Tieman, Bert

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Authorized form of name

Tieman, Bert

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  • Bernard John Tieman

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Dates of existence



Bernard John Tieman was born in Delfts, Holland in 1898. At the age of 21 he immigrated to High River, Alberta. The year was 1920, and the trip was made by ship. On board he met Miriam Hutchinson, who had been born in England in 1898, and was also immigrating to Canada. The couple were married in Calgary in 1926. In 1927, the Tiemans came to the Peace Country. They filed on NE 31-74-7, north of Buffalo Lake and farmed there until 1946, when they moved to Grande Prairie. Miriam Tieman was a long-time member of the Alberta Women's Institute and became involved with the Imperial Order of the Daughters of the Empire soon after her arrival in Buffalo Lake. In Grande Prairie, she assisted the first teacher at the Peace School of Hope when it opened in 1955. Bert worked as a carpenter. The Tiemans were very active in the community. They attended Christ Church Anglican, where Bert handcrafted the pews, the tables and the bishop's chair in the old church. They served as volunteers for the Peace School of Hope, where Bert taught woodworking and served on the board, while Miriam's group of the Women's Institute sewed all the curtains and quilts. Barrydale House, the dorm for handicapped children which opened in 1960, was named after Barry Ferguson and Dale McQuaig, two handicapped boys from outside of Grande Prairie who had lived with the Tiemans for a number of years. Swan Industries, a woodworking shop for the handicapped, which Bert also supported, opened in 1973. Bert and Miriam were also involved with the Drama Festival, Bert as actor and stage manager and Miriam in the cast or designing and sewing costumes. Later, Bert served as president of the Museum Board for some years. It was due to his persistence that Tieman Road was opened as an access to the museum. In 1952, Bert was elected to the Town Council, a position he maintained for 11 years. He was a councilman when Grande Prairie became a city in 1958. Bert's many interests included woodworking crafts, theatre and art. He was also an amateur paleontologist, with a self-taught knowledge of fossils. His greatest discovery was a fossilized pike fish which, after examination by University of Alberta professor Dr. Mark Wilson, was given the name, 'Esox tiemani'. Bert and Miriam's only child died as an infant. Miriam passed away in Nov. 21, 1979. Bert passed away on September 20, 1984. Because they had no family in Canada, the Tieman estate was willed to the Grande Prairie Museum.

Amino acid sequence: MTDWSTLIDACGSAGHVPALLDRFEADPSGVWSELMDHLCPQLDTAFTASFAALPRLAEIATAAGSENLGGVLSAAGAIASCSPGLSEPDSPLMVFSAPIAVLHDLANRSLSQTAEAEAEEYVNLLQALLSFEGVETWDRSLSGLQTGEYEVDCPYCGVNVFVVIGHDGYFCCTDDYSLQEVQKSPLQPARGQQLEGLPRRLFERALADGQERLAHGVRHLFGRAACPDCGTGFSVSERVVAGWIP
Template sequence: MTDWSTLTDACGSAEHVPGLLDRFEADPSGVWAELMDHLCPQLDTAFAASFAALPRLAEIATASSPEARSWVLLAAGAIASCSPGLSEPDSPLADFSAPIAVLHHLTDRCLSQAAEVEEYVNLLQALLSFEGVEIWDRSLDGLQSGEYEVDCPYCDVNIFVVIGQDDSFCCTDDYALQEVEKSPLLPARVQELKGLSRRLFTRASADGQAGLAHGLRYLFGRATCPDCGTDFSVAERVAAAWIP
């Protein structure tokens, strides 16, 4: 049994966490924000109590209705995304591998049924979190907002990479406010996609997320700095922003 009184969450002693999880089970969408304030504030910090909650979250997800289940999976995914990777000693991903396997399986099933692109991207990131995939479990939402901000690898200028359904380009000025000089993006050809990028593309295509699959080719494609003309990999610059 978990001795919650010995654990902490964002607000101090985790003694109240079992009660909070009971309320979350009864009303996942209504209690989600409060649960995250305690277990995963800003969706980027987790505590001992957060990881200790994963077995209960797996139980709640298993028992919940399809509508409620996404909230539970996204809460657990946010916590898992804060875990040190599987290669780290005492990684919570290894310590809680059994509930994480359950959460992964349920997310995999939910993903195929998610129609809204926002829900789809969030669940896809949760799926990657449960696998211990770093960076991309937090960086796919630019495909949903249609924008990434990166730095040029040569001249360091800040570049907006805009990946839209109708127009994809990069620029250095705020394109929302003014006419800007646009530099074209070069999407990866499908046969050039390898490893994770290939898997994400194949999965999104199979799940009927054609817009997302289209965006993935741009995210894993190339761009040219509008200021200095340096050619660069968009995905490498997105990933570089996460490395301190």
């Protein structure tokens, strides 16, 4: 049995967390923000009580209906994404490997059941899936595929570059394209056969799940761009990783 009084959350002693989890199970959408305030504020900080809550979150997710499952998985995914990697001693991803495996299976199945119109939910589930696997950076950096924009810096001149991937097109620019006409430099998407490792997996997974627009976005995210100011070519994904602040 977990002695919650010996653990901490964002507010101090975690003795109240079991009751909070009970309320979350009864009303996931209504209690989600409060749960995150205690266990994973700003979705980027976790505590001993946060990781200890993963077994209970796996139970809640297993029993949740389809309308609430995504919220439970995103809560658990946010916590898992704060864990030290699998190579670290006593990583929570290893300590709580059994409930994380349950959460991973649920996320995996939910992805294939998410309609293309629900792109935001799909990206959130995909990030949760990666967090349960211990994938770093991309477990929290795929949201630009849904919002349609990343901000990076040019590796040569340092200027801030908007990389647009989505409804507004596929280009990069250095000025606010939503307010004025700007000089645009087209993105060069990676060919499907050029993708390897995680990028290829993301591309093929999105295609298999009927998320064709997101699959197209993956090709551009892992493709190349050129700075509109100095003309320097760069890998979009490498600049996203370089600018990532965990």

Delfts, Holland
High River, Alberta
Calgary, Alberta
Grande Prairie, Alberta

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Husband of Miriam Hutchinson Tieman

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Description revised by TD on July 7, 2015


  • English



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